I’m sad to hear news that Senator John McCain passed away at the age of 81. He was diagnosed with brain cancer last year. He spent the final months of his life out of the public eye, reflecting on the meaning of his life and accepting visitors. He planned his own funeral services. Senator McCain made a decision to discontinue medical treatment on August 24, 2018 and died the next day in his home surrounded by his family.
Senator McCain had a rich, satisfying and meaningful life. In a memoir published in May, Senator McCain wrote that he hated to leave the world, but had no complaints. “It’s been quite a ride. I’ve known great passions, seen amazing wonders, fought in a war, and helped make peace. I’ve lived very well and I’ve been deprived of all comforts. I’ve been as lonely as a person can be and I’ve enjoyed the company of heroes. I’ve suffered the deepest despair and experienced the highest exultation. I made a small place for myself in the story of America and the history of my times.” He bravely made a decision to stop life-sustaining treatment.
How does one come to a decision to discontinue medical treatment, knowing that it will hasten death?
The right to refuse end-of-life care was guaranteed to Americans in 1991 with the passage of the federal Patient Self-Determination Act (PSDA). It guaranteed that Americans could choose to refuse life-sustaining treatment at the end of life.
When you choose not to receive aggressive medical treatment, you are generally choosing what you believe will be a better quality of life, rather than a longer life that may be less pleasant. You have decided to stop futile, unnecessary or invasive treatment that may harm more than help.
You are still entitled to palliative care, which can be administered to people who don’t want to be kept alive. Palliative care focuses on relieving pain at the end of life but does not extend life. You continue to receive medical treatment that is aimed at comfort care, not cure, designed to treat pain and suffering.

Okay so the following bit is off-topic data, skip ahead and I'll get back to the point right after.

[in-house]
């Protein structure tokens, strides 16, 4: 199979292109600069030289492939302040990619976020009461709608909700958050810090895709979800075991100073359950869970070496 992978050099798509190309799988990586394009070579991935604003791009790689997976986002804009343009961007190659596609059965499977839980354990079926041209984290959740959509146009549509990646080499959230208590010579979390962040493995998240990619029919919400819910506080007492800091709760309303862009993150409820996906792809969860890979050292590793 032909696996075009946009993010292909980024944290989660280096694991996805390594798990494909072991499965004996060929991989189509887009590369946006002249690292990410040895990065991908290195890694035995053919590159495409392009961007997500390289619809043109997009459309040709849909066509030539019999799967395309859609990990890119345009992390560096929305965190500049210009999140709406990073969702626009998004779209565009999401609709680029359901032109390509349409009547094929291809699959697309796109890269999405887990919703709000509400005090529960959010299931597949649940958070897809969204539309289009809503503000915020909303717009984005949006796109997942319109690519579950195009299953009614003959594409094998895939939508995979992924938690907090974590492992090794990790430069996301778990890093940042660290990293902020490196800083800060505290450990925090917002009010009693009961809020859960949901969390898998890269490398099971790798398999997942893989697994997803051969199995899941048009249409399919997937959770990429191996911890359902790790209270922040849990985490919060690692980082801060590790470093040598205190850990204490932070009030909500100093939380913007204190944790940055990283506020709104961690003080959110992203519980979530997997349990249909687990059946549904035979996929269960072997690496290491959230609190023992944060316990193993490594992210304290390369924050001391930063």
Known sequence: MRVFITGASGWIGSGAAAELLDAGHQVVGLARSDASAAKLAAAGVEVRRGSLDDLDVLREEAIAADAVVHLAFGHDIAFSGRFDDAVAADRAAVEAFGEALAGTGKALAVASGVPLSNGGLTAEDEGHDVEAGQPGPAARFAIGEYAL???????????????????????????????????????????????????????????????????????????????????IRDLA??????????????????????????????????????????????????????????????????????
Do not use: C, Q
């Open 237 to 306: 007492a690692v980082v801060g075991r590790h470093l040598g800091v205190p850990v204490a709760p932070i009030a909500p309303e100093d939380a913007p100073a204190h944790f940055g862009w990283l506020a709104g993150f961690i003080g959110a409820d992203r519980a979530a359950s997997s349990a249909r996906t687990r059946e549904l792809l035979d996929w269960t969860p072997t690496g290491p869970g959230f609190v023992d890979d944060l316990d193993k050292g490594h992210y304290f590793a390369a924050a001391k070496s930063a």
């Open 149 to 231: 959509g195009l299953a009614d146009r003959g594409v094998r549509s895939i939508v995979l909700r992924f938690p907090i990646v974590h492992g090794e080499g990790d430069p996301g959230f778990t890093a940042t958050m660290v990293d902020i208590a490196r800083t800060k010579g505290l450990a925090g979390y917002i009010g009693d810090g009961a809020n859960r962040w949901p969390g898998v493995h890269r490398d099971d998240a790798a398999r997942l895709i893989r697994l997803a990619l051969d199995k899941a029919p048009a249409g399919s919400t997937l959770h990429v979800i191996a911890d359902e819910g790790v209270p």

When to stop aggressive cancer treatment is a very difficult decision. Many believe that cancer patients should not be subject to harsh and painful treatment. Yet, three out of four cancer patients in their last month of life, under the age of 65, received aggressive treatment and only a handful got comfort-based hospice care instead. Dr. Otis Brawley, the American Cancer Society’s chief medical officer said “there are hundreds, if not thousands, who undergo too much therapy and too much suffering for every one person that we have who ends up having a miracle.”
Are people who choose to stop medical treatment just giving up? No. You’re not giving up if you don’t do treatment. You’re still fighting for your life, in a different way. You’re fighting to have good, purposeful, meaningful days. It is a patient’s right to make these decisions for themselves.
It is a reality that some patients are unable to make this decision. They may lack sufficient knowledge regarding their condition. Or, their condition may involve cognitive impairment. Ideally, this decision is based upon information about the patient’s clinical state and circumstances, the available research evidence as well as patient’s values and preferences, including their preference regarding their role in decision making. Some people prefer that others make a decision for them.
It can be overwhelming to make healthcare decisions for someone who is dying and are unable to make their own decisions. Even when you have written documents, the documents may not cover every situation that arises. According to the National Institute of Aging (NIA), two approaches are useful. First, put yourself in their place and try to choose as they would choose. This is called “substituted judgment”. Second, is to decide what would be in the best interests of the dying person. This is known as “best interests”. If possible, combine both approaches.
NIA also recommends that if you are making decisions for someone at the end of life and are trying to use one of these approaches, it may be helpful to think about the following questions:
- Has the dying person ever talked about what he or she would want at the end of life?
- Has he or she expressed an opinion about how someone else was being treated?
- What were his or her values in life? What gave meaning to life? Maybe it was being close to family—watching them grow and making memories together. Perhaps just being alive was the most important thing.
If you are struggling with end-of-life decisions, I strongly recommend you read Understanding Healthcare Decisions at the End of Life at nia.nih.gov. This guide includes questions to ask your doctor and medical staff, practical advice on issues you may face, family involvement, working with medical staff and more.